- (in some games, as billiards) to continue or complete a series of successful strokes, shots, or the like.
- [Cards.]to lead a series (of one's assured tricks or winners in a given suit): He ran the heart suit before leading spades.
- to expose oneself to or be exposed to (a chance, risk, etc.): Through his habitual lateness he ran the danger of being fired.
- to cause (a liquid) to flow: to run the water for a bath.
- to fill (a tub or bath) with water: She ran a hot tub for him.
- to give forth or flow with (a liquid);
pour forth or discharge: The well ran 500 barrels of oil daily.
- to charge (an item or items) as on a charge account or to accumulate (bills) to be paid all at one time: He ran a large monthly tab at the club.
- to cause to move easily, freely, or smoothly: to run a rope in a pulley.
- [Golf.]to cause (a golf ball) to move forward along the ground after landing from a stroke: He ran his ball seven feet past the hole.
- to sew or use a running stitch: to run a seam.
- to cause stitches in (a garment or fabric) to unravel or come undone: to run a stocking on a protruding nail.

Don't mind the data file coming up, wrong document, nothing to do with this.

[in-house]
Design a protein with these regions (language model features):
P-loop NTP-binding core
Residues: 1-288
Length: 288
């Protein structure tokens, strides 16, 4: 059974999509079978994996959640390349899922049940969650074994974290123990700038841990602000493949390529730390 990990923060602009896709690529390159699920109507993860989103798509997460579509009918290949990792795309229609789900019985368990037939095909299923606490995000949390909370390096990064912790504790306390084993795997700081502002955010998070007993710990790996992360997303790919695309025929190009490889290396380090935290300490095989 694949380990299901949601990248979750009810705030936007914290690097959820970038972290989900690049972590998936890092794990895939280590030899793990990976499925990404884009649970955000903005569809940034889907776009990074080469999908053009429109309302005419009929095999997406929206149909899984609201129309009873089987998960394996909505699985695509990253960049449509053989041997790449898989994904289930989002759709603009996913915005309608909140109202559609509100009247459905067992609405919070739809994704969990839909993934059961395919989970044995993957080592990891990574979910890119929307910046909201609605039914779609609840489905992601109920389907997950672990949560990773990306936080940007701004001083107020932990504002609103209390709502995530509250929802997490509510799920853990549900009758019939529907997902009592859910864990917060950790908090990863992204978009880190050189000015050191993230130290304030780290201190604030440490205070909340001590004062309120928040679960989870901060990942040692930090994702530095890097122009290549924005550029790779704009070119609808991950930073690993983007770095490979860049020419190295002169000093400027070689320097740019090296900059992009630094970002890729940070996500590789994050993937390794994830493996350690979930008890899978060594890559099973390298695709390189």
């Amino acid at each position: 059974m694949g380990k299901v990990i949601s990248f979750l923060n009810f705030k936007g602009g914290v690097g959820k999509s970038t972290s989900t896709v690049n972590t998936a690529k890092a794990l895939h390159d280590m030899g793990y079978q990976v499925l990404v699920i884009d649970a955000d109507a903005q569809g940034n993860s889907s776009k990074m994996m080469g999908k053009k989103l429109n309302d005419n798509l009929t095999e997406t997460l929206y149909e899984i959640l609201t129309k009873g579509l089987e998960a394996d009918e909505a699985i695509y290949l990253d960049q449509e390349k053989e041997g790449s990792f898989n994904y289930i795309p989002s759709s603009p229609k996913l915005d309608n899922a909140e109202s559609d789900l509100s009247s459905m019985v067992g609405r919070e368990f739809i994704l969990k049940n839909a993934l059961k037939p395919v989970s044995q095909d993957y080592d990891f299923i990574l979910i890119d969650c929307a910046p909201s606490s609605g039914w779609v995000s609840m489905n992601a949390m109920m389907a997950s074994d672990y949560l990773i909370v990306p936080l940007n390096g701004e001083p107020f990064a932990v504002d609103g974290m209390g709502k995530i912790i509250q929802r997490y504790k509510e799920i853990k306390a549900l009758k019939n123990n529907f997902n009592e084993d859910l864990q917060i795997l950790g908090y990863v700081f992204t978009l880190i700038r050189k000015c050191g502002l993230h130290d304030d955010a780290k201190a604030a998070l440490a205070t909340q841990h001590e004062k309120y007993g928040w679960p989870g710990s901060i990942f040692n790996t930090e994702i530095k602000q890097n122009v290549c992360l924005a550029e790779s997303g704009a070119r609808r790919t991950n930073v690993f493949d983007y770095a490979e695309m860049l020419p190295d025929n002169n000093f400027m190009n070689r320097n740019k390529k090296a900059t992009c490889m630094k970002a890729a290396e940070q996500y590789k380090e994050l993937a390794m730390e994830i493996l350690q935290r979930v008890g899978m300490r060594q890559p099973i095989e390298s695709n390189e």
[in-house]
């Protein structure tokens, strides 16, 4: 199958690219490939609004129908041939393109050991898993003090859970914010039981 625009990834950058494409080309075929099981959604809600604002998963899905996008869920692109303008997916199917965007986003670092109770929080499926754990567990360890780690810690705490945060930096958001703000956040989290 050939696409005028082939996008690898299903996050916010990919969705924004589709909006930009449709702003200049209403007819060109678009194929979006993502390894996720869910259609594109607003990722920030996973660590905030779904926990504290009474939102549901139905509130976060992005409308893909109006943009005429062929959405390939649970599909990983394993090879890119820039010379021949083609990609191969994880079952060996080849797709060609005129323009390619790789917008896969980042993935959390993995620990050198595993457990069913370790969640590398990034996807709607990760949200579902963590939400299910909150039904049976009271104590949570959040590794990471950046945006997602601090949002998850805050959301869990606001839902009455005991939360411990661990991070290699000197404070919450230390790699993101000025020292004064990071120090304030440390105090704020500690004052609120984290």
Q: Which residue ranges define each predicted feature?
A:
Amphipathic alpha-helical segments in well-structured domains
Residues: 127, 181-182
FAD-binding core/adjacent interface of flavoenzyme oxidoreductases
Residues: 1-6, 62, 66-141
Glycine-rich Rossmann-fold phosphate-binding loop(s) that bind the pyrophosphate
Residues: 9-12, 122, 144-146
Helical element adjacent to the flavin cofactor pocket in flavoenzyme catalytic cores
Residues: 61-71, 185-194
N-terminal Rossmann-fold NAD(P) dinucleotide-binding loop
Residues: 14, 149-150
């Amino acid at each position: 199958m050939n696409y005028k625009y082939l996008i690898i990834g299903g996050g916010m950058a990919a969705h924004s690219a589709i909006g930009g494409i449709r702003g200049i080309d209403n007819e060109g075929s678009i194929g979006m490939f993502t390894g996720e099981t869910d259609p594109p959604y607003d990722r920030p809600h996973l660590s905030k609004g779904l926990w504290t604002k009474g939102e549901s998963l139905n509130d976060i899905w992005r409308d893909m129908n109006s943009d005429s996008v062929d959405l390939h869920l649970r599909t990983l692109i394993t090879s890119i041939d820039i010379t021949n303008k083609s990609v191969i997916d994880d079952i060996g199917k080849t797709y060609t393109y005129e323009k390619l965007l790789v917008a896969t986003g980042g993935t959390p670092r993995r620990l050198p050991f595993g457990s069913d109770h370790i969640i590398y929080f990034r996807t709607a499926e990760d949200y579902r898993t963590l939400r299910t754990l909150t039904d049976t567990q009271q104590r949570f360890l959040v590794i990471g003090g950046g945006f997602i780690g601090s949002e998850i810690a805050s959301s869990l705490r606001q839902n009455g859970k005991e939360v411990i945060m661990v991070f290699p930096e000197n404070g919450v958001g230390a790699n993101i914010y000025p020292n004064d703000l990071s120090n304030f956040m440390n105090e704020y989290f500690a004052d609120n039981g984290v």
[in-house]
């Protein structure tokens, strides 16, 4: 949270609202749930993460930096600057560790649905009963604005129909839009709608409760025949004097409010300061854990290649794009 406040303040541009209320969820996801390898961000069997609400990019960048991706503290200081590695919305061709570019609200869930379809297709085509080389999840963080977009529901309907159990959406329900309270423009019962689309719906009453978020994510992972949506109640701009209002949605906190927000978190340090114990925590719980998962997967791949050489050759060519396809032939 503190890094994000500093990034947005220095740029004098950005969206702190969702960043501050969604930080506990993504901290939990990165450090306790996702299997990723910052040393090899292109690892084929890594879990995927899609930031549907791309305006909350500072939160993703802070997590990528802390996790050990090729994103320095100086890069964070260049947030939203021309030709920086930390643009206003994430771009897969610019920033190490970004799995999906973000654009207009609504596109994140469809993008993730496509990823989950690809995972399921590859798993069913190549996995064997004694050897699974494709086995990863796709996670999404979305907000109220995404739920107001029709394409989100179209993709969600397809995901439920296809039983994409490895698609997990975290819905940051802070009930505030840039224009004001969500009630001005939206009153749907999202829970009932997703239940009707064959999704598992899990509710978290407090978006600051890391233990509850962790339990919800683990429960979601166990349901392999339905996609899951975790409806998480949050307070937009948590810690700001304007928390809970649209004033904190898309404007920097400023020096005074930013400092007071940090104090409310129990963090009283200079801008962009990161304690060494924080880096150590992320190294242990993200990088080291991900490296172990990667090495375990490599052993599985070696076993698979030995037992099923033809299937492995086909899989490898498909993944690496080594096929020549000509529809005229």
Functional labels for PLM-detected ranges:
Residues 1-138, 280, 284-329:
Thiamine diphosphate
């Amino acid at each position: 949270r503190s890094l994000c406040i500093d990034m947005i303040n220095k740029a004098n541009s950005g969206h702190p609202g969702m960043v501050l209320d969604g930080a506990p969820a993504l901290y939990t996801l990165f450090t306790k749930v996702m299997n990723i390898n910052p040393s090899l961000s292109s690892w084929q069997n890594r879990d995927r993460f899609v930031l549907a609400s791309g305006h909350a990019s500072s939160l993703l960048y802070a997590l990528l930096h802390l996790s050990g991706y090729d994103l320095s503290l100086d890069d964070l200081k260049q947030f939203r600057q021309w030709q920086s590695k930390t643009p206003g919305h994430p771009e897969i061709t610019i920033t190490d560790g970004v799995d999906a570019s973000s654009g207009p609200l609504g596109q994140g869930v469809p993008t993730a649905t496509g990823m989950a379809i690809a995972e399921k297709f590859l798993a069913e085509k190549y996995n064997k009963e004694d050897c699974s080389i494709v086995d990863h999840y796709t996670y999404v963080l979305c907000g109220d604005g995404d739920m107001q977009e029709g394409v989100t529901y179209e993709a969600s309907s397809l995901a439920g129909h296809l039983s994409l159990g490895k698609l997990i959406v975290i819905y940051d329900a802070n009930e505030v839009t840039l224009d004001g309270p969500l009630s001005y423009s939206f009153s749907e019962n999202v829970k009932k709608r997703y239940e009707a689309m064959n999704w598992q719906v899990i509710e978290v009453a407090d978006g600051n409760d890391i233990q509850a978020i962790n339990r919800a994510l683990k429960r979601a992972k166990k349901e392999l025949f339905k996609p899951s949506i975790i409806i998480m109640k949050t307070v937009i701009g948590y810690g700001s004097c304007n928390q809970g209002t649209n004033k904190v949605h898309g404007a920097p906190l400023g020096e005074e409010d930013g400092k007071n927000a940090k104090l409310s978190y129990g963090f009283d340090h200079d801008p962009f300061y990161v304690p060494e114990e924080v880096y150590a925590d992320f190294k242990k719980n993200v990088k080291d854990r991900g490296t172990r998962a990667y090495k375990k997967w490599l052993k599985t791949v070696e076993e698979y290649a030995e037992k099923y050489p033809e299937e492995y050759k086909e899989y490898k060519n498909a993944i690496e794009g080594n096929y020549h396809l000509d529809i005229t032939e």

- to bring, lead, or force into a certain state or condition: He ran his troops into an ambush. They ran themselves into debt.
- to drive, force, or thrust: to run a nail into a board; to run one's head against a wall; to run one's hand into one's pocket.
- to graze;
pasture: They run sixty head of cattle on their ranch.
- to extend (something) in a particular direction or to a given point or place: to run a partition across a room; to run a telephone cable from Boston to Buffalo.
- [Carpentry.]to make (millwork) from boards.
- to cause to fuse and flow, as metal for casting in a mold.
- to draw, trace, or mark out, as a line: to run a line over a surface; to run a line through a word.
- to cost (an amount or approximate amount): This watch runs $30.